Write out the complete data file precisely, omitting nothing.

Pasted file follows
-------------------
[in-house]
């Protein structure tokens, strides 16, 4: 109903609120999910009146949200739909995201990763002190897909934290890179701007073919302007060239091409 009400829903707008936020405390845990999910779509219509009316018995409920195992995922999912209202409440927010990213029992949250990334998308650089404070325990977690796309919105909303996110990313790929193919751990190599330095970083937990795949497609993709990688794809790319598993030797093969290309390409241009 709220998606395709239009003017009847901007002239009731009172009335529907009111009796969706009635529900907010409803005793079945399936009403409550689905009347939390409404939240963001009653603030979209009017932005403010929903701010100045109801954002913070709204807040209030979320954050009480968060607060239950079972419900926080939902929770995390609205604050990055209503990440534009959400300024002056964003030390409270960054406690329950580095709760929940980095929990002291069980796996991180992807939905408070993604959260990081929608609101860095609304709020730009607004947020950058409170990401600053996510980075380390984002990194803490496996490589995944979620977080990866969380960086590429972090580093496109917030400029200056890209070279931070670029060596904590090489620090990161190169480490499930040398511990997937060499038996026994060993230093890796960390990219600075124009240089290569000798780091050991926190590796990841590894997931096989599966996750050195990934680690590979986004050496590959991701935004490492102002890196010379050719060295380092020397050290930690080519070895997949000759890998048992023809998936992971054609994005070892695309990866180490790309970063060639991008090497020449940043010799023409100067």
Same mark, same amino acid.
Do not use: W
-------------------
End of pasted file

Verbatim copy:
[in-house]
């Protein structure tokens, strides 16, 4: 109903609120999910009146949200739909995201990763002190897909934290890179701007073919302007060239091409 009400829903707008936020405390845990999910779509219509009316018995409920195992995922999912209202409440927010990213029992949250990334998308650089404070325990977690796309919105909303996110990313790929193919751990190599330095970083937990795949497609993709990688794809790319598993030797093969290309390409241009 709220998606395709239009003017009847901007002239009731009172009335529907009111009796969706009635529900907010409803005793079945399936009403409550689905009347939390409404939240963001009653603030979209009017932005403010929903701010100045109801954002913070709204807040209030979320954050009480968060607060239950079972419900926080939902929770995390609205604050990055209503990440534009959400300024002056964003030390409270960054406690329950580095709760929940980095929990002291069980796996991180992807939905408070993604959260990081929608609101860095609304709020730009607004947020950058409170990401600053996510980075380390984002990194803490496996490589995944979620977080990866969380960086590429972090580093496109917030400029200056890209070279931070670029060596904590090489620090990161190169480490499930040398511990997937060499038996026994060993230093890796960390990219600075124009240089290569000798780091050991926190590796990841590894997931096989599966996750050195990934680690590979986004050496590959991701935004490492102002890196010379050719060295380092020397050290930690080519070895997949000759890998048992023809998936992971054609994005070892695309990866180490790309970063060639991008090497020449940043010799023409100067």
Same mark, same amino acid.
Do not use: W